The invention will be better understood and additional objects, features and advantages will become apparent from the following description of the preferred embodiments with particular reference to the drawing figures, wherein like referenced numeral indicate like elements.
FIG. 1A illustrates a graph of an idealized extracellular wave form generated by the action potential as it propagates in the heart.
FIG. 1B illustrates a simplified model of a propagating extracellular potential along the atrial wall.
FIG. 2 illustrates an embodiment of the device according to the present invention inserted into a patient's heart which is shown in a partial cut-away view.
FIGS. 3A and 3B show detailed side and end views, respectively, of the embodiment shown in FIG. 2.
FIG. 4 illustrates another embodiment of the device according to the present invention inserted into a patient's heart.
FIGS. 5A and 5B illustrate detailed side and end views, respectively, of another embodiment of the catheter electrodes according to the invention.
FIGS. 6A and 6B illustrate detailed side and end views respectively of another embodiment of the catheter having the electrodes disposed on opposite sides of the filament.
FIGS. 6C and 6D show the catheter oriented in a 90° rotation from FIGS. 6A and 6B, respectively, in relation to the atrial wall.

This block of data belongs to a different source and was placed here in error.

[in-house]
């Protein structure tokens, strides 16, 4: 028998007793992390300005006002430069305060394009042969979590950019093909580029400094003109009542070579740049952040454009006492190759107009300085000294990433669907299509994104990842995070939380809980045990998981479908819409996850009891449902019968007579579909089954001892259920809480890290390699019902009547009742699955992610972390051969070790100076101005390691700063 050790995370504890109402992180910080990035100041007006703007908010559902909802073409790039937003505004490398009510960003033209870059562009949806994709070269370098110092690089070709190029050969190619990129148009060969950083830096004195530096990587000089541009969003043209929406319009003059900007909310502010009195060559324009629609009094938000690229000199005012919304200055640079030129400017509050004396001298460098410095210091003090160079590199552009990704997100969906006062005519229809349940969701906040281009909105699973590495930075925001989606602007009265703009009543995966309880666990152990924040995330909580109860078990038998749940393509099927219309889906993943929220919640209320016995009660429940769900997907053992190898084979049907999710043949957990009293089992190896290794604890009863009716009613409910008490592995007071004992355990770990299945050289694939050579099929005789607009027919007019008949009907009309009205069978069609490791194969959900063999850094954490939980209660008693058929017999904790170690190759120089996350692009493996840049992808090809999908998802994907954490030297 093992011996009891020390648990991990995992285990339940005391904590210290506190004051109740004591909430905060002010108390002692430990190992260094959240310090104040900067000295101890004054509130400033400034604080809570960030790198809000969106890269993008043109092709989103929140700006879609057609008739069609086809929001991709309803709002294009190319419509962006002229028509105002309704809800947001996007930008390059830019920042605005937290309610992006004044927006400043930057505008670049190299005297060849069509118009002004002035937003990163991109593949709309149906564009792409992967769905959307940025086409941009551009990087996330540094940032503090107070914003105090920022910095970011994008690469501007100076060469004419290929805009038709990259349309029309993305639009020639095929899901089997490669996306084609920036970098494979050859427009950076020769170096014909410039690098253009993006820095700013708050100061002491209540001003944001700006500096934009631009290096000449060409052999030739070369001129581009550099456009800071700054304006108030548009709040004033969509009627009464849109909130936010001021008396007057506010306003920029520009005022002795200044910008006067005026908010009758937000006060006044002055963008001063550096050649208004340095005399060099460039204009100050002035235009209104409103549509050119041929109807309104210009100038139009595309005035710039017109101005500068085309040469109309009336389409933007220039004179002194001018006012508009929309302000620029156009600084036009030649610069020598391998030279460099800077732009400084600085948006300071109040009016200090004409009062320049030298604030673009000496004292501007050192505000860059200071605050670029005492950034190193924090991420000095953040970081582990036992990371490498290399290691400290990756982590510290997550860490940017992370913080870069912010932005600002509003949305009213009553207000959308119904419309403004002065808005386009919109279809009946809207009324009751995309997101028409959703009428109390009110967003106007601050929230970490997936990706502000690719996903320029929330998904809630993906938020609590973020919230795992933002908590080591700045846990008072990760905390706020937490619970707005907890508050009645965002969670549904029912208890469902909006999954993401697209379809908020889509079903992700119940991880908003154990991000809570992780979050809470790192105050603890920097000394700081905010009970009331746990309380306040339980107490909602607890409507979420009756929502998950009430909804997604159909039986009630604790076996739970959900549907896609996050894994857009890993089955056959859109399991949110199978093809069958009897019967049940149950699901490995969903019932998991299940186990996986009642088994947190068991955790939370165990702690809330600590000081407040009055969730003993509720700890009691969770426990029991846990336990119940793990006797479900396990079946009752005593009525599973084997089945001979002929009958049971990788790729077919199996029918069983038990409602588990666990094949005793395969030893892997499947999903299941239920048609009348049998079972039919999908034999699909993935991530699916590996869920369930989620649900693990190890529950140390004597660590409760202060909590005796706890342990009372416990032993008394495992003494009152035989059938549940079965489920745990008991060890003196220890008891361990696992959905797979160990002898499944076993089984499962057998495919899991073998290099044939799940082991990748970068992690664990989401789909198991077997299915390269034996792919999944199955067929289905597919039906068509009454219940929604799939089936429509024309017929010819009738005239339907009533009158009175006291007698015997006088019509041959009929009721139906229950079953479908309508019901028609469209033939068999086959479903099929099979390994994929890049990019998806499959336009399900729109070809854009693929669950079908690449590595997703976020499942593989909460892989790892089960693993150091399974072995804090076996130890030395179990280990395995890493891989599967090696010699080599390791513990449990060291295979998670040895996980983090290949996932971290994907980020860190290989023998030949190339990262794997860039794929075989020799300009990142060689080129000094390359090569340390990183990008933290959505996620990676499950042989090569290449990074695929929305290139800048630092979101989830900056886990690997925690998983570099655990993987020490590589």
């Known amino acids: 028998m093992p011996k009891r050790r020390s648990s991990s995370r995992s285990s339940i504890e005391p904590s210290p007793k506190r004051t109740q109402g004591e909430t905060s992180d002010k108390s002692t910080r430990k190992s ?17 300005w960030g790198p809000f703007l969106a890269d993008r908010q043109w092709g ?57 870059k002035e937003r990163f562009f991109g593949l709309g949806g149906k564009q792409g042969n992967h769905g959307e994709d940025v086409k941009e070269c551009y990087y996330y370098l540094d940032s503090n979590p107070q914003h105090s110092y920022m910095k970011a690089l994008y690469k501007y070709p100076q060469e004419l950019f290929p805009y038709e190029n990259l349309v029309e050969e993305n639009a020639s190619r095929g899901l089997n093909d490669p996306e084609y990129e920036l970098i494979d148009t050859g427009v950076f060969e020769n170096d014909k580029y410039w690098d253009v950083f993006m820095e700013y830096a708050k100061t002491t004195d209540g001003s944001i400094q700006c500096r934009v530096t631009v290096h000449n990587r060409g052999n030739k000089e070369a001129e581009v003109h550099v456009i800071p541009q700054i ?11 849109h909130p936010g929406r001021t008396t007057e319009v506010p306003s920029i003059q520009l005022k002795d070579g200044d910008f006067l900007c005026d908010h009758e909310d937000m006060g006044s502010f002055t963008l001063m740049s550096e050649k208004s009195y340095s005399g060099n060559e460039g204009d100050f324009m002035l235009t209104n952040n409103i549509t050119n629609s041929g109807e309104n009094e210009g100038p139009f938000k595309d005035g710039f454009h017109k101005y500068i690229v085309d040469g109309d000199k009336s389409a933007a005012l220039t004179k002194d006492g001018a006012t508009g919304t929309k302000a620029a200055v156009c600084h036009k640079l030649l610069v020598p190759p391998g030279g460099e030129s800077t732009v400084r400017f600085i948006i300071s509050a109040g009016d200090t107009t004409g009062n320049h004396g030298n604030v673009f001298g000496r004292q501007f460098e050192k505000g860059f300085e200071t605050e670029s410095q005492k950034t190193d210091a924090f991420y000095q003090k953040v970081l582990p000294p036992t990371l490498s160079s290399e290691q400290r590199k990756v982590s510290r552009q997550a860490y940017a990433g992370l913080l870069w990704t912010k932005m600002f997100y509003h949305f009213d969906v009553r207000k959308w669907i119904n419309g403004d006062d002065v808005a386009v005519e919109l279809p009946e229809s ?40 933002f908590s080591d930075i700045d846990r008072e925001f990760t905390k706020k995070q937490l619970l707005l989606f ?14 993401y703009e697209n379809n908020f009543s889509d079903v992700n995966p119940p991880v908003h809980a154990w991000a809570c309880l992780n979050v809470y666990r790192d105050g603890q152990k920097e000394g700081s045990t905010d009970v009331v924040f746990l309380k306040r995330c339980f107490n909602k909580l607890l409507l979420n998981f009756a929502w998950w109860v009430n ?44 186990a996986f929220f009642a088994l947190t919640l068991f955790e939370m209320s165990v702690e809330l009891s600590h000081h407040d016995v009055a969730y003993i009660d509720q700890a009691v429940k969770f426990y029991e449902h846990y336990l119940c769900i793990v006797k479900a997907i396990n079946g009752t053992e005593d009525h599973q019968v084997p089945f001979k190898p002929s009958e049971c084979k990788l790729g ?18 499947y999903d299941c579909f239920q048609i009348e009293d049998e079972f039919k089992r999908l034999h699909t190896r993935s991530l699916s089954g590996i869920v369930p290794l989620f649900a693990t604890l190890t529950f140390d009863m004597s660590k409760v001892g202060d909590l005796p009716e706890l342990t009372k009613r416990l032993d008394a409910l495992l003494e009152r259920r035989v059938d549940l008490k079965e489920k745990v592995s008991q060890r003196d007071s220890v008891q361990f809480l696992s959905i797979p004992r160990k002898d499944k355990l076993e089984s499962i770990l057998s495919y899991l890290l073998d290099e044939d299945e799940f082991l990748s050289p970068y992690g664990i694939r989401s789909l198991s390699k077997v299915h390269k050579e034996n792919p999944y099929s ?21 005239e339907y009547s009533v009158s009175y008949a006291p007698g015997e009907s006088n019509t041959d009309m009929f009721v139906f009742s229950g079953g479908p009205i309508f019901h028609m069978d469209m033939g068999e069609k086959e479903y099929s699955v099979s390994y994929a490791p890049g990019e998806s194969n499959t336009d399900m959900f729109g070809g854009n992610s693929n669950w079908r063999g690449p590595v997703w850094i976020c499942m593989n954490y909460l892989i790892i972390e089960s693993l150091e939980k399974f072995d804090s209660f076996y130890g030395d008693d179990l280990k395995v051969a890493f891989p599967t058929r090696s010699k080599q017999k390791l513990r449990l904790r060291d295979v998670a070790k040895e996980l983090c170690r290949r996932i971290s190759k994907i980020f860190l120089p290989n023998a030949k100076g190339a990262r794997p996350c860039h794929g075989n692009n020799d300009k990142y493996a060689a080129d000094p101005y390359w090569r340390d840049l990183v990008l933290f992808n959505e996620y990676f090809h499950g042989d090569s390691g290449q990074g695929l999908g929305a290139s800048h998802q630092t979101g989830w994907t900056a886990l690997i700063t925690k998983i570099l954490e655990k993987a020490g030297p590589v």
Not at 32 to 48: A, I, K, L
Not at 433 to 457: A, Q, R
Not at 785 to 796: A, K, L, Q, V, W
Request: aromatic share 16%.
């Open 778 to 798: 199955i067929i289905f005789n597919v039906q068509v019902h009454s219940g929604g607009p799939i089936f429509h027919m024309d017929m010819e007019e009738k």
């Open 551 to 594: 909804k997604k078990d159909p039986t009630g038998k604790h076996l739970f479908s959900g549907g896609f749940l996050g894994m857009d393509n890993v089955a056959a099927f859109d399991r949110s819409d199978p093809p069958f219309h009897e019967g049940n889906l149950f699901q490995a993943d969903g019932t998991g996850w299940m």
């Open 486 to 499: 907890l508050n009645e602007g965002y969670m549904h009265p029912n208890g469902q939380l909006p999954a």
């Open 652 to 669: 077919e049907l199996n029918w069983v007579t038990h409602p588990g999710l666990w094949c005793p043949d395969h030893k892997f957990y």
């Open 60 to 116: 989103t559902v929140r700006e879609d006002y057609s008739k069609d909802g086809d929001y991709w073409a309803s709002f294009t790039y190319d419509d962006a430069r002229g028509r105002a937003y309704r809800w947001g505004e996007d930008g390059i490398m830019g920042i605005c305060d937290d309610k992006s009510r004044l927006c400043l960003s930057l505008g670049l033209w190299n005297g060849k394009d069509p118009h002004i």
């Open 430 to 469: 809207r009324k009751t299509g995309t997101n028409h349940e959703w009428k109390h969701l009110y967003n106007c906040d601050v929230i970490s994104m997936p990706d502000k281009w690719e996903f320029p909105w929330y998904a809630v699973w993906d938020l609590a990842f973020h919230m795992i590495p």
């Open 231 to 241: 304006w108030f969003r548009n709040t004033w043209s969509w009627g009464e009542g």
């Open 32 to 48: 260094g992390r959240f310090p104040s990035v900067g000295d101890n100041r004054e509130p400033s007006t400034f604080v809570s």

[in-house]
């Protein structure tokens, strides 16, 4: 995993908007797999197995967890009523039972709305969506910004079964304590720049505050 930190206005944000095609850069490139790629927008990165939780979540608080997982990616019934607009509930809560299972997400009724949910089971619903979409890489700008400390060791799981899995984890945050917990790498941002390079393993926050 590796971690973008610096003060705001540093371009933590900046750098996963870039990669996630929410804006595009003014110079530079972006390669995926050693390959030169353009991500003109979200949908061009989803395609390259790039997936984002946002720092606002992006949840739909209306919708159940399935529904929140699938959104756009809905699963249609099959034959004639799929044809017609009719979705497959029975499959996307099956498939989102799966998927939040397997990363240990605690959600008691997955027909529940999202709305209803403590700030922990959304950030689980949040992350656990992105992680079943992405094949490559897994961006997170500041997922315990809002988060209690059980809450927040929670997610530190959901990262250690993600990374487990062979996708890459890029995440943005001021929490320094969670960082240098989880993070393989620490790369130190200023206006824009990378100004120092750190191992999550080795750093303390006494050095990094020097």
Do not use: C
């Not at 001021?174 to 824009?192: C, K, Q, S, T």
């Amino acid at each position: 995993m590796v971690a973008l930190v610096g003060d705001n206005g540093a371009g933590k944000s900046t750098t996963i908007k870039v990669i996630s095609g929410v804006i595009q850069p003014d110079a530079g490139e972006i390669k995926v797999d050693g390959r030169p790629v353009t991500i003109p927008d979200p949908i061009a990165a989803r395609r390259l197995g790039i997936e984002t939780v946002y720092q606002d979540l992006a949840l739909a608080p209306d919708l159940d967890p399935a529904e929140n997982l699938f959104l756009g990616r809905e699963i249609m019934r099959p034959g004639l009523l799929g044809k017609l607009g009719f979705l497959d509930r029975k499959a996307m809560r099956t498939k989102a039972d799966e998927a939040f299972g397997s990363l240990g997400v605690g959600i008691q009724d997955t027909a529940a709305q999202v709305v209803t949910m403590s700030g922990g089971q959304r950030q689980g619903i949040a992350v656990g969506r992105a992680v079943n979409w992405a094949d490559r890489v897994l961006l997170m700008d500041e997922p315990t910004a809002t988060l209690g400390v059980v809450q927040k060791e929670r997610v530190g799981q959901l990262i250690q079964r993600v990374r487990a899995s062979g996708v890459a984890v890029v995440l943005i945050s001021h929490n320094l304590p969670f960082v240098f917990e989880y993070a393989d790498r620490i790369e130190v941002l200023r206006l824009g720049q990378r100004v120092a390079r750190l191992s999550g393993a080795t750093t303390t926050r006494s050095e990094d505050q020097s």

FIGS. 7A and 7B illustrate detailed side and end views, respectively, of an embodiment similar to that of FIGS. 6A through 6D and having electrodes disposed as hemicyclical extensions substantially around one half of the circumference of the catheter.
Theoretical electrical field theory regarding the signatures of the bioelectric phenomena associated with muscle or nerve depolarization has been studied to better understand the propagation of electrical signals through tissue membranes. Studies have shown that the electrode sensed surface potential along the axis of a depolarizing wave can be diphasic or triphasic, depending on the rate of change of rise and decay of the depolarizing field. The decay rate, or repolarization of cardiac muscle tissue, has been found to be slow so that electrode sensed extracellular intrinsic deflections are normally diphasic. This diphasic nature of the normal intrinsic signature can be advantageously employed in bipolar systems to detect atrial depolarization by spacing, or tuning, the electrode separation equal to the peak-negative-to-peak-positive dimension of the extracellular wave form.